Friday, August 08, 2014

Beyond music

book review

Author: Nick Carter
Book: Facing the Music and Living to Talk About It

If you want to seek advice for your physical, emotional, and/or spiritual health and are inclined to do so by reading a book, then you can choose tomes that come from a variety of sources, including books written by renowned psychologists, psychiatrists, and therapists. But would you consider taking guidance from a Backstreet Boy?

If you want to, then now you actually can, and Nick Carter certainly seems to think you should, seeing how he has written a book for this very purpose.

A memoir and self-help hybrid, Facing the Music and Living to Talk About It aims to dispense advice while weaving accounts of the singer’s own struggles into the narrative. Written in the memory of his sister Leslie, whose death from an overdose in 2012 acted as the catalyst for this project, the book offers the basic concepts, tips, and observations that have helped the singer overcome his problems and change his life for the better. The result is a hodgepodge of information that seems well intentioned but is not nearly as well structured and impactful as it could and should have been.

Facing the Music sees Nick talk openly about his mistakes, failures, and setbacks – including “the tabloid reports of my arrest for DUI, the crash and burn interviews I’ve given about my “night of the zombies,” my family’s disastrous reality show House of Carters, and the life-threatening heart problems I’ve developed due to my hard-partying lifestyle” – in the hopes that his readers can avoid the same pitfalls that he plunged into. The turmoil and drama that has surrounded his family comes up multiple times in the book. The singer talks about his relationship with Leslie, Aaron, and his other siblings; the downside of acting as the “fixer and financier for [his] family”; and his feelings towards his parents and their “drinking and fighting and lack of nurturing”, which is a topic that is repeatedly discussed throughout the text. Family isn’t the only subject of his problems though – he also mentions his dealings and disappointments with former Backstreet Boys impresario Lou Pearlman “who’d been taking a double helping of our earnings”, and his brief relationship with Paris Hilton and how she was “probably the worst person in the world for me to hook up with at the time.” And he also opens up about his battle with addiction (and has a particularly severe warning about Ecstasy, a drug that, he says, can “destroy your brain and ruin your life”).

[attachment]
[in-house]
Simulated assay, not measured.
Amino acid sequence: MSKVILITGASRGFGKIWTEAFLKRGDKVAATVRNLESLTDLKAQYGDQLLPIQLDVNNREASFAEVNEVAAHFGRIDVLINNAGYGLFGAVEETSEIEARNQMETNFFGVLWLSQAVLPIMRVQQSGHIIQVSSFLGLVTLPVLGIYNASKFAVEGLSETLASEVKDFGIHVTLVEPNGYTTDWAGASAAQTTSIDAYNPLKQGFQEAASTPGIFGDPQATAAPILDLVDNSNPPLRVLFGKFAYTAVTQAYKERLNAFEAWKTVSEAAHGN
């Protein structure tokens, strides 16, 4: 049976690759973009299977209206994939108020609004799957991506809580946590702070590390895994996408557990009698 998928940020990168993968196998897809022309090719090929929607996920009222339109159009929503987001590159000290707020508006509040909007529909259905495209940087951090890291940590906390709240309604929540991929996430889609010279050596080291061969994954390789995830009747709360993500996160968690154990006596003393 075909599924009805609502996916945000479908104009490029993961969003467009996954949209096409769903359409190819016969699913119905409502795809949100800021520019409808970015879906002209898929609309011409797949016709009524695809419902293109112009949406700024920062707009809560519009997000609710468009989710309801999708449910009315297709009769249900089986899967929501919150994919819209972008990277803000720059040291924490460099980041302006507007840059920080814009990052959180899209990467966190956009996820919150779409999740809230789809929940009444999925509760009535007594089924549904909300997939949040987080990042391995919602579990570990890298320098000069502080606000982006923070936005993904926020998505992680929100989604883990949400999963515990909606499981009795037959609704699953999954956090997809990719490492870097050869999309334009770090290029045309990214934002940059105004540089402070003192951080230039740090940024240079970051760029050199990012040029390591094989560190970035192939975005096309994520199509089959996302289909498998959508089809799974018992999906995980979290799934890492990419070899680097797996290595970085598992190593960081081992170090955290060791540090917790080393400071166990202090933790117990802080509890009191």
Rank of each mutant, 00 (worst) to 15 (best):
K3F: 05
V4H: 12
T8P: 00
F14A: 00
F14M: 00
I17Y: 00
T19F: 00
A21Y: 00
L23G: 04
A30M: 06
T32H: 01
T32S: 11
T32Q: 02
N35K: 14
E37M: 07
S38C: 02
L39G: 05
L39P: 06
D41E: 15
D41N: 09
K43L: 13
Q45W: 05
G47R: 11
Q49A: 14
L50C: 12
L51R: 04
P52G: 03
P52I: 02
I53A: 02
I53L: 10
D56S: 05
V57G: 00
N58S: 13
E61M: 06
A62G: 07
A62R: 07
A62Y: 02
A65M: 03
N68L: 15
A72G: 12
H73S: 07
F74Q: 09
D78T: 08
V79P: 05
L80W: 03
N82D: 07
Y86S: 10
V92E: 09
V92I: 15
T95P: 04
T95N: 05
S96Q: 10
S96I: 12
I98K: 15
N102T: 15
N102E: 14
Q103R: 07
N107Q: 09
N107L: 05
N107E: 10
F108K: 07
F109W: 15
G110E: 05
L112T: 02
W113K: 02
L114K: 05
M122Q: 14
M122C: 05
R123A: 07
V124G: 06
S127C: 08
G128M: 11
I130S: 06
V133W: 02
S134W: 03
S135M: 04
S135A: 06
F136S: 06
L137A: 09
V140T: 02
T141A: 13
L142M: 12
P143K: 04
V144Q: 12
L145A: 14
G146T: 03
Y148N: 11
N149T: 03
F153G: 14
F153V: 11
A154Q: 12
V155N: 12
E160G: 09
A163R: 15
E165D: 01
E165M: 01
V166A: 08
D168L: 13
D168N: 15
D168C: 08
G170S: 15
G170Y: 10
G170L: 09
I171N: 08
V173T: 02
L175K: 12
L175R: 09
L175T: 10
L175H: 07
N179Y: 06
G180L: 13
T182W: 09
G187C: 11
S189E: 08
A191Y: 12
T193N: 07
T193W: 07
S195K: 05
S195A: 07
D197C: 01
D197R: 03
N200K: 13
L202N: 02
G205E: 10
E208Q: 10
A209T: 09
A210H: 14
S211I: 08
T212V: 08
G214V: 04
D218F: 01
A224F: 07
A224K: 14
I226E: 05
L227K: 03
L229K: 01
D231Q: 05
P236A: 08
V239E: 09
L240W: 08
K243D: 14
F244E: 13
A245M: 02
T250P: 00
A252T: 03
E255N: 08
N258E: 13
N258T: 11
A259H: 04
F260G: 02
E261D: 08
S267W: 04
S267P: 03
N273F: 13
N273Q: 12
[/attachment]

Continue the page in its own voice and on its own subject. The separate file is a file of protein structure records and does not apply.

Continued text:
Counterpoising the negative associations and experiences in his life is his bond with the other members of the Backstreet Boys, who have provided the positive influence that he has often needed, and his fiancée (now wife) Lauren Kitt, with whom he says he shares a healthy, loving relationship.

All these biographical accounts and details are interspersed with advice on how to improve your life while the writer explains how these tips helped him overcome his troubles. Nick mentions the importance of self awareness, changing your filter, seeking professional help instead of self-medicating, generating happiness from the inside out, building a life around your talents, choosing what sort of people you want to attract in your life, the importance of setting goals, the power of forgiveness and gratitude, and various other titbits based on the “sound advice and guidance I’ve picked up from professionals who really know how to help people like me overcome our toughest challenges”.

Facing the Music is not intended as a proper autobiography, and if you pick it up hoping to read Nick Carter’s life story, then you are bound to be disappointed. But by being partly autobiographical and partly motivational, the book ends up reading like a jumble of personal details and helpful suggestions with no proper structure. The content isn’t presented as clearly as it should have been, which makes it hard to absorb the information. And there is often too much repetition; his feelings towards his dysfunctional family in particular come up multiple times. The thoughts presented here are in desperate need of some organisation and arrangement, and the book could have definitely benefited from a more thorough edit.

Still, it is good to see that the singer has turned his life around, and you can’t really knock him for wanting to help people who want to improve their lives and for hoping that readers “can find some inspiration and motivation from [his] story”. The problem with Facing the Music is that it suffers because of its execution. Its semi-autobiographical, semi-self-help approach leaves much to be desired on both accounts. Ultimately it just comes off as a collection of scattered thoughts that, with a little more effort, could have been shaped into something more interesting and useful.

- Sameen Amer

Us Magazine, The News - 8th August, 2014 *

No comments: